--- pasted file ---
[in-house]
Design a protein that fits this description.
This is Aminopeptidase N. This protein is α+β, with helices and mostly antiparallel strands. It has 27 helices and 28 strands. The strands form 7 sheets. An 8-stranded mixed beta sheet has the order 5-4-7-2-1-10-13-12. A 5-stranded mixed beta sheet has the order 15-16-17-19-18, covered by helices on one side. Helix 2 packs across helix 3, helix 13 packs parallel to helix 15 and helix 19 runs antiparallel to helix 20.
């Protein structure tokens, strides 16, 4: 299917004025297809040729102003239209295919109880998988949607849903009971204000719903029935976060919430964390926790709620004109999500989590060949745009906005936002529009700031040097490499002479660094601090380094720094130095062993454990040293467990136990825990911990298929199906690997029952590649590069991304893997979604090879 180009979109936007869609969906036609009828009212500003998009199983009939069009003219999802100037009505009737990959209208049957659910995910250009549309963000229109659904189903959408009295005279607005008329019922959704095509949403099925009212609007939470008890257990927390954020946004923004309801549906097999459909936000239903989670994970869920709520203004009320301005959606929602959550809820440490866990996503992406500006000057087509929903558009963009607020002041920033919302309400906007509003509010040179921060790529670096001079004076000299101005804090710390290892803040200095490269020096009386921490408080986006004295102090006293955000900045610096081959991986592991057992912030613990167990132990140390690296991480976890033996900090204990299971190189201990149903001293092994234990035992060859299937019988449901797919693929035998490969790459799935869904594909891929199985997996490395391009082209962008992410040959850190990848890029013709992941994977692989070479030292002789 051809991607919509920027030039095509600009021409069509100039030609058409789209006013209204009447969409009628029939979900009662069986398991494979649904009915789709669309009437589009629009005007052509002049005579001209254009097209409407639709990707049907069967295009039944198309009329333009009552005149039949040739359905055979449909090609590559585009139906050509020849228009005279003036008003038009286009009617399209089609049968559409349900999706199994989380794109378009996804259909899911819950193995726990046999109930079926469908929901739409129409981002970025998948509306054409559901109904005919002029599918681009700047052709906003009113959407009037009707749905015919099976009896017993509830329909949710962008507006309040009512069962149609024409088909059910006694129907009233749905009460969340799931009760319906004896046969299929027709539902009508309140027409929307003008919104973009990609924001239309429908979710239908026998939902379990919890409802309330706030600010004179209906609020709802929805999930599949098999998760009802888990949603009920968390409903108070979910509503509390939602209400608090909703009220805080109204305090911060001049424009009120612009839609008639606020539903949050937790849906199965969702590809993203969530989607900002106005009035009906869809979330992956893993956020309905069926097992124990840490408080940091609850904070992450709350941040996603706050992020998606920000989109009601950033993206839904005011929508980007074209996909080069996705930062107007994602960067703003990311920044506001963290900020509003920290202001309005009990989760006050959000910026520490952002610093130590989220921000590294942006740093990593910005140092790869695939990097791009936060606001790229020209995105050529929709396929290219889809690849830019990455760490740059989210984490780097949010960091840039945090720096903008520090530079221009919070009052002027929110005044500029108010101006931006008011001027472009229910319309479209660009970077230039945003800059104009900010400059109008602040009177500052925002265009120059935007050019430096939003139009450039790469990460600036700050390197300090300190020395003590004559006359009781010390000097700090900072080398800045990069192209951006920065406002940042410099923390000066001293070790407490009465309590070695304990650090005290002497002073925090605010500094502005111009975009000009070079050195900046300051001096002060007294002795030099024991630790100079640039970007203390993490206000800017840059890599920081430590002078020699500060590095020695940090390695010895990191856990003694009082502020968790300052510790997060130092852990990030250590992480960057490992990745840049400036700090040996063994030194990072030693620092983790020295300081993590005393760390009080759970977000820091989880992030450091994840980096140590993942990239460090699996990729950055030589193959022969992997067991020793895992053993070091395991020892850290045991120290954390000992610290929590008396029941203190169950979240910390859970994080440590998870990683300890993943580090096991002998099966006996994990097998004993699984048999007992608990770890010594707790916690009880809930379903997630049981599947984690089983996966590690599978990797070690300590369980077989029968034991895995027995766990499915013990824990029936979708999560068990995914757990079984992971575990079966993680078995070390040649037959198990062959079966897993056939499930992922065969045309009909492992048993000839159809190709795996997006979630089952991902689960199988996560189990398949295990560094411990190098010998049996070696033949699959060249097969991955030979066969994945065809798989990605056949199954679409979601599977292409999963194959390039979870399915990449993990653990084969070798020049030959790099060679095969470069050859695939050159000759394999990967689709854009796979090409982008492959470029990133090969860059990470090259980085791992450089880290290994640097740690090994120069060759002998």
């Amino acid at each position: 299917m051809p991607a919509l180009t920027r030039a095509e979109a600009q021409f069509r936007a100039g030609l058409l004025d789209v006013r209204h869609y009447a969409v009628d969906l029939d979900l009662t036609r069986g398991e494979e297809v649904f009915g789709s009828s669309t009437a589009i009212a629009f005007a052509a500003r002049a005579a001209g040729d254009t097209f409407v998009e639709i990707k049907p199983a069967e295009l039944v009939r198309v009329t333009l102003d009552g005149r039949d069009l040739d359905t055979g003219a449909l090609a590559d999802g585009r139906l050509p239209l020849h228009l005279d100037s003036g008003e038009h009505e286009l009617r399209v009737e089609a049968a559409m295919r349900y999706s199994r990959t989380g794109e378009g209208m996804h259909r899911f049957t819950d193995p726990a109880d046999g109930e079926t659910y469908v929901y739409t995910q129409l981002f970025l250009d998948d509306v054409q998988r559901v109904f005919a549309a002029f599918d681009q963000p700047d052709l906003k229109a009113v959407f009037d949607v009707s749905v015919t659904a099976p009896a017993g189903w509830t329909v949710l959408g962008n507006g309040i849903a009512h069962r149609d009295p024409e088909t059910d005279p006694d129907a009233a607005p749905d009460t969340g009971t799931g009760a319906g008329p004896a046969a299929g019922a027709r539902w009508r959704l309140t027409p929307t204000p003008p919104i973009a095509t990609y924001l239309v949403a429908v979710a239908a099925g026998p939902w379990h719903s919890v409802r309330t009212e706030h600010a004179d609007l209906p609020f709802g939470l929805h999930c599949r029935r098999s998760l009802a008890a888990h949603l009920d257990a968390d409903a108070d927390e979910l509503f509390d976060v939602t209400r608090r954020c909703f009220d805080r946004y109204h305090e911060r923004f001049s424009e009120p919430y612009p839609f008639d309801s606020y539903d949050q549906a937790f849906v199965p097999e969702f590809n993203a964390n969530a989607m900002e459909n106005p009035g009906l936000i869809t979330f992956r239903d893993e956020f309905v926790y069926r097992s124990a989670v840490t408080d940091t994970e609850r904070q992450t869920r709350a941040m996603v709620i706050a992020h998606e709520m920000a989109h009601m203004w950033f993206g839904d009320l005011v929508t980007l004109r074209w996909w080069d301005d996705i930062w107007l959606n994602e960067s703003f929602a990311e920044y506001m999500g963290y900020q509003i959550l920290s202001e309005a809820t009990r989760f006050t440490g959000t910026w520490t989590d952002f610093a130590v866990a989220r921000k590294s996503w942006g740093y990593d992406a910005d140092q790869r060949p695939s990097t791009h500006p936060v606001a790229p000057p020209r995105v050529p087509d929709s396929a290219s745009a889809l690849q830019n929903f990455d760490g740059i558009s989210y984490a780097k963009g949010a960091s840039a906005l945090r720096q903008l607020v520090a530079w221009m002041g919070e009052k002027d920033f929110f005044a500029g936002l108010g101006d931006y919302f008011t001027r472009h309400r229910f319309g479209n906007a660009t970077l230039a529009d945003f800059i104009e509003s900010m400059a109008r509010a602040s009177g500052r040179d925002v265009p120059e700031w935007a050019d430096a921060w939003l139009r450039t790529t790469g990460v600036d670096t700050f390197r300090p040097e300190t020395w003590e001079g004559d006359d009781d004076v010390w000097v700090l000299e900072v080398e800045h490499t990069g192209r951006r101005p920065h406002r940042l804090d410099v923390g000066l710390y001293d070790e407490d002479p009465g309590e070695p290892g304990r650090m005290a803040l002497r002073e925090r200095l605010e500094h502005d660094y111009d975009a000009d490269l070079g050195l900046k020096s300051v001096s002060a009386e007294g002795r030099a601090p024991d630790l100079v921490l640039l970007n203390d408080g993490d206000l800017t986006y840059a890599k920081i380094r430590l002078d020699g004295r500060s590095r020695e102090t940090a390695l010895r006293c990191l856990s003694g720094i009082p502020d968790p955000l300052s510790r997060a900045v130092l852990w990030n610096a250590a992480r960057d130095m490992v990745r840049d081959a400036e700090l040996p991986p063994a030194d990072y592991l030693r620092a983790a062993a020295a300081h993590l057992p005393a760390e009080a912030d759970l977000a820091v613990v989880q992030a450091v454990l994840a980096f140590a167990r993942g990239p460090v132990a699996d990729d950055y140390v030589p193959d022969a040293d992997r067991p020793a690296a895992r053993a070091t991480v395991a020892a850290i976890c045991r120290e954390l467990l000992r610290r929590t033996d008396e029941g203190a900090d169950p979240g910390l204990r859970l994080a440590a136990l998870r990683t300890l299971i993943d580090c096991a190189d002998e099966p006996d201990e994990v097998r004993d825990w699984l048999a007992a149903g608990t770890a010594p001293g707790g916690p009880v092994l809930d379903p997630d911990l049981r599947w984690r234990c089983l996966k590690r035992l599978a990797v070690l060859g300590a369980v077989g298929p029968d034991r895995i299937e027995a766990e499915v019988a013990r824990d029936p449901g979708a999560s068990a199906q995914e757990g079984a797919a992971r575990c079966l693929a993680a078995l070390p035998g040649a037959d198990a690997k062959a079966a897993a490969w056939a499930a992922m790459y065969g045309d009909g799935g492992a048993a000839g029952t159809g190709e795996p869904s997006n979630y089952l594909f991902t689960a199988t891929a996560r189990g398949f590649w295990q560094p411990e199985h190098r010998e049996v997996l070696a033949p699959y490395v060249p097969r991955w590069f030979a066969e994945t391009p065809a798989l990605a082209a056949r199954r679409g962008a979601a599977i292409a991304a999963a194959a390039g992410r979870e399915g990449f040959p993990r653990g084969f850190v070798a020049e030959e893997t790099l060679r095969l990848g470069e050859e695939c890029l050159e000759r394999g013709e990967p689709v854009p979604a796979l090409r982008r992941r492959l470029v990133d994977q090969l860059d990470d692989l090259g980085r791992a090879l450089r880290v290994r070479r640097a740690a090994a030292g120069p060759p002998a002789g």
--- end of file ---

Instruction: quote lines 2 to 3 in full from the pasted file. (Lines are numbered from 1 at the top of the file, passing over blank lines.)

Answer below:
Design a protein that fits this description.
This is Aminopeptidase N. This protein is α+β, with helices and mostly antiparallel strands. It has 27 helices and 28 strands. The strands form 7 sheets. An 8-stranded mixed beta sheet has the order 5-4-7-2-1-10-13-12. A 5-stranded mixed beta sheet has the order 15-16-17-19-18, covered by helices on one side. Helix 2 packs across helix 3, helix 13 packs parallel to helix 15 and helix 19 runs antiparallel to helix 20.